Genova - In recent years it is more and more common to hear people talk through idiomatic expressions/phrases, use ordinary sayings and, generally, employ a very impersonal vocabulary taken from TV programs or just be able to select from a very poor variety of words. Don't you think that aphorisms risks to encourage this sort of attitude?
Aphorisms are the exact opposite of the attitude represented by catchphrases, political slogans, and soundbites. Aphorisms are unsettling, provocative, while slogans and soundbites are empty vessels, meant to be inspiring enough to attract people but vague enough for them to interpret the slogan any way they want. This is one reason why politicians tend to prefer slogans over aphorisms. Aphorisms make you question yourself; they make you think, like Mark Twain's great saying: It ain't what you don't know that gets you into trouble, it's what you know for sure that just ain't so.
What is the relationship between aphorism and poetry?
Both are very condensed forms of writing that use lots of imagery. The greatest thing they have in common is the use of metaphor. This is how poems and aphorisms can compress so much meaning into so few words: They use startling and evocative metaphors, which then unfold inside your mind, like Stanislaw Jerzy Lec's wonderful aphorism: No snowflake in an avalanche ever feels responsible. The meaning of that aphorism has nothing to do with snow, but we know what it means because of the beauty and aptness of the metaphor.
What is the aphorism dearest to you and why? And among the political aphorism which is the most convincing?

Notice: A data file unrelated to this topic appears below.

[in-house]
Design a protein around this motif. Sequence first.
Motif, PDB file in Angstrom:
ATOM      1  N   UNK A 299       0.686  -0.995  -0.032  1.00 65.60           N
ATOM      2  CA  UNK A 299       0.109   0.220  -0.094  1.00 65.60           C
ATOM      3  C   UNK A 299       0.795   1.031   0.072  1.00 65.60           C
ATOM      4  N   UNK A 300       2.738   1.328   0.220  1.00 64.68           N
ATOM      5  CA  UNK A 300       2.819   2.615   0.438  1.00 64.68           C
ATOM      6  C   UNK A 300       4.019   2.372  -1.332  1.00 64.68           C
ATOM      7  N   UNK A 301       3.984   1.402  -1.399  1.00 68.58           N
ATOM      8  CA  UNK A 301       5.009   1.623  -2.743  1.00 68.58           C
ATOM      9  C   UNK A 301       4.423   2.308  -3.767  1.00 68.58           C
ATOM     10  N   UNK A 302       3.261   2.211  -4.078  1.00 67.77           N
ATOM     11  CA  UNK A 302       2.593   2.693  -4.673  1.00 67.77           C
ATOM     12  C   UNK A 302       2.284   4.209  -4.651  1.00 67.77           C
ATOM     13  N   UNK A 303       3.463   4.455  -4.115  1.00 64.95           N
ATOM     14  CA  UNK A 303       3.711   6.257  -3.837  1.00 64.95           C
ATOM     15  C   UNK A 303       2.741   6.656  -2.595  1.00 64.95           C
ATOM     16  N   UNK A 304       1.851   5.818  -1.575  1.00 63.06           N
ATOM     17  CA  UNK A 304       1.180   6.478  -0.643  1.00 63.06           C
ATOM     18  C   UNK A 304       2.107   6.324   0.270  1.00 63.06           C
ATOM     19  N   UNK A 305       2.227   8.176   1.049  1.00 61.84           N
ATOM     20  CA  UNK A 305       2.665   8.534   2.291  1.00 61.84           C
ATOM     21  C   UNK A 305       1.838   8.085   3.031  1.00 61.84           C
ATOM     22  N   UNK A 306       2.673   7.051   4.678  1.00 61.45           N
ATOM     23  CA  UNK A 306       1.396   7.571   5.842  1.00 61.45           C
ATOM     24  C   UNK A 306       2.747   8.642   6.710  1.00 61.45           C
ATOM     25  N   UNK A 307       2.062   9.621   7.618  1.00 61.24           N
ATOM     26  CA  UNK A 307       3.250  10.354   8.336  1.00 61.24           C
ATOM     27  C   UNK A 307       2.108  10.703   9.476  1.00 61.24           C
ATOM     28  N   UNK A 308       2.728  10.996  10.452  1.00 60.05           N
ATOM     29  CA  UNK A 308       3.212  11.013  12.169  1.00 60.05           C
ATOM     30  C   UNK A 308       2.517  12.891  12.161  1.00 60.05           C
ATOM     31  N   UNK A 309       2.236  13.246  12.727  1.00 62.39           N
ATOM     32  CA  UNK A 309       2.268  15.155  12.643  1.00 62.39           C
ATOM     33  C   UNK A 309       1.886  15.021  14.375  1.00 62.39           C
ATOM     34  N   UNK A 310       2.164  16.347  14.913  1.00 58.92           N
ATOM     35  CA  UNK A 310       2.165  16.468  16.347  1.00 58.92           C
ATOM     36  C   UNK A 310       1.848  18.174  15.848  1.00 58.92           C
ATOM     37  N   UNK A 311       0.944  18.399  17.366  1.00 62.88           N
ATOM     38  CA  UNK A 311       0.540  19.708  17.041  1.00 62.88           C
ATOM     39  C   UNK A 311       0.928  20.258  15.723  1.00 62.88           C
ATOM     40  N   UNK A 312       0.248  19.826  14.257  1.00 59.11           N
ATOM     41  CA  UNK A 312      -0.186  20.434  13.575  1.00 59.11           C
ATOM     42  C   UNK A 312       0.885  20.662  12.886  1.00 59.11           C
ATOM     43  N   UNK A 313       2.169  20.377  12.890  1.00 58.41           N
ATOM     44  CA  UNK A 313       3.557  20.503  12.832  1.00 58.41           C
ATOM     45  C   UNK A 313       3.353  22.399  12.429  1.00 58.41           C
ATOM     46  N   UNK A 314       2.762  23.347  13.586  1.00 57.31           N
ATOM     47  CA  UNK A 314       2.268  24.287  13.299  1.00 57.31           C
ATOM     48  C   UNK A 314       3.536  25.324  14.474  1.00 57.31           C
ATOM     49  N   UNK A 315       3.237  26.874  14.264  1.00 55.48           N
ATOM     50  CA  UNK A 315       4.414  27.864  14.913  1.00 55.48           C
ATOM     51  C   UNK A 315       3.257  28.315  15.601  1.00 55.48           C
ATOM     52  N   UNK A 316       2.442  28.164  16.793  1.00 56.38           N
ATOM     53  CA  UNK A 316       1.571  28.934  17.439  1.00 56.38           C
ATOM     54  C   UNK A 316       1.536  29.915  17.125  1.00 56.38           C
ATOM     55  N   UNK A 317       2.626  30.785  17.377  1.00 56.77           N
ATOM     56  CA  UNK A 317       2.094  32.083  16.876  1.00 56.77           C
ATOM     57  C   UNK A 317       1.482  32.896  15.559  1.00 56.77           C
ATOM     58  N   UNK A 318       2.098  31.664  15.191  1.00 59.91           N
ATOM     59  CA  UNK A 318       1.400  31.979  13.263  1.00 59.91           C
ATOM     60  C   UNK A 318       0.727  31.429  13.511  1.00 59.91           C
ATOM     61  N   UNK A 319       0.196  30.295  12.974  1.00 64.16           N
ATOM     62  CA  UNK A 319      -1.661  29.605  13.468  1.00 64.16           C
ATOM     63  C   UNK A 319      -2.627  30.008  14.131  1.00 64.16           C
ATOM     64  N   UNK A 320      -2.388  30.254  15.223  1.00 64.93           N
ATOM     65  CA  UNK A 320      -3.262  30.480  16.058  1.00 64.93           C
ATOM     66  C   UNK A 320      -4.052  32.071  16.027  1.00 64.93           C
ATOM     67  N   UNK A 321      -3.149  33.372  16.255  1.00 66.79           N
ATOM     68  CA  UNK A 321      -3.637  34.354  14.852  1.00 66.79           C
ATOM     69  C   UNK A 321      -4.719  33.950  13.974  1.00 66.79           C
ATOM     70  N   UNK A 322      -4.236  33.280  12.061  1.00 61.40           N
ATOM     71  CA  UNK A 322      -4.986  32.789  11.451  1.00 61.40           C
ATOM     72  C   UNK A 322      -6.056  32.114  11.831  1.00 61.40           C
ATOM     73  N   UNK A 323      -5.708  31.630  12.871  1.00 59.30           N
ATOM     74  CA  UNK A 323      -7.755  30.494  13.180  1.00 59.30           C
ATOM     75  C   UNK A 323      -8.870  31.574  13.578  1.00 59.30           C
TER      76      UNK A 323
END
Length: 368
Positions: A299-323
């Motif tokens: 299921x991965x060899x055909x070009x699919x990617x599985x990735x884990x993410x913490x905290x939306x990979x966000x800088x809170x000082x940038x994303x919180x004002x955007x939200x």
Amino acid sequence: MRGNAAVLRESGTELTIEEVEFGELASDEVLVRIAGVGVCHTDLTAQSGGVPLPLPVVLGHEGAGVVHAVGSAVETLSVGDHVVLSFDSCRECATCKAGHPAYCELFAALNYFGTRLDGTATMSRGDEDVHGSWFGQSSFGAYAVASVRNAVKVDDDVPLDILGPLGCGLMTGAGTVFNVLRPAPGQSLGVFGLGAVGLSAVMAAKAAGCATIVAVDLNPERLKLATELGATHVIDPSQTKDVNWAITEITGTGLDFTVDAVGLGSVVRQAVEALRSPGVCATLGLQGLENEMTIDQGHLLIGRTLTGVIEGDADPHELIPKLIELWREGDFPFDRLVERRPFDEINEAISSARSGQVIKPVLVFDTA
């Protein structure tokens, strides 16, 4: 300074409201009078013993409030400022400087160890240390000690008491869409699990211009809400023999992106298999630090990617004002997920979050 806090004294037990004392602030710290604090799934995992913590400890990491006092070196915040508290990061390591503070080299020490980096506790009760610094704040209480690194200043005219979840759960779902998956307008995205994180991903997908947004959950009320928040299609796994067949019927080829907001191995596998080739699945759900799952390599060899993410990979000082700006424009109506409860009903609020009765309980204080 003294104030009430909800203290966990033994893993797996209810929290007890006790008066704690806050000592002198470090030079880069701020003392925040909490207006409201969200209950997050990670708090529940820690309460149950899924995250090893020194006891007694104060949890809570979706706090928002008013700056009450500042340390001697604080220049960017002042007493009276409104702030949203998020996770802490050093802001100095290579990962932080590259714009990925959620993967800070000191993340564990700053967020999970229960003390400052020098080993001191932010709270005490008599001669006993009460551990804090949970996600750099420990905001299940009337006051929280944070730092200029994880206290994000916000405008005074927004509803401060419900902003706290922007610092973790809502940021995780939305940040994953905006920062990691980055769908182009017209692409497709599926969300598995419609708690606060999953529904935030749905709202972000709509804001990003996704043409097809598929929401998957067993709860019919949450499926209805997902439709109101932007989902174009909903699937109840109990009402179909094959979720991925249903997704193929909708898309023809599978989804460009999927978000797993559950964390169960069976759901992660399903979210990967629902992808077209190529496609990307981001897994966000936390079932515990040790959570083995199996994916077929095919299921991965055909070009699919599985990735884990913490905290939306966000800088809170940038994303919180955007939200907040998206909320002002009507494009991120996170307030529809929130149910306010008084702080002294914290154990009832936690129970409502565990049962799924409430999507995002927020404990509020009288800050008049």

My favorite aphorism at the moment comes from a yogurt advertisement: Lick the lid of life!
The aphorism dearest to me is one I first read when I was around 10 years old: The only difference between a rut and a grave is the depth. I love that one because it keeps me alert and wary of becoming too comfortable, of thinking I've figured everything out.
The most convincing political aphorism: When you're going through hell, keep going. —Winston Churchill
How is an aphorism created, what is the creative process behind it? Do aphorisms spring from an observation, a thought, a long piece of writing that could be suddenly be summarised in a few words? Is it always possible to translate a clever aphorism into another language?
There are three composition methods: spontaneous combustion, in which the aphorism appears fully formed and is quickly written down on a napkin or an envelope; deliberate composition, in which the aphorism is carefully carved out of a longer piece of text and repeatedly revised; the accidental aphorist, the writer who never intends to write aphorisms but they just naturally appear in essays, poems or novels.
Aphorisms are always thoughts--that's why they are different from platitudes or cliches--and are always based on some observation of human nature. They reveal something that, once it is written down, everyone is able to recognize. Aphorisms are also the most democratic of art forms: everybody uses and creates aphorisms all the time, in popular songs, things parents or grandparents said, etc...
Sadly, it is not always possible to translate aphorisms, just like poems, especially when they use puns. But I hope this is not a problem for my talk!
Could you please disclose something of your speech for the Lectio Magistralis in Genoa on 25th October (at 6 p.m. @ Palazzo Ducale)?
My speech will be about aphorisms and science, how scientific equations like e = mc2 are metaphors for aphorisms: scientific equations are short phrases that contain a wealth of meaning, just like aphorisms, and they explain the secrets of nature, just as aphorisms explain the secrets of human nature. A great aphorism by an English astronomer is: Everything that shines must be observed. That is true in astronomy and also in life: what shines in your eyes—maybe it's a loved one, a hobby, or a place—is special and should be investigated! There will be aphorisms by and about science as well as aphorisms by many others. And I will also juggle. You can find out more about the talk on the Performances page of my website.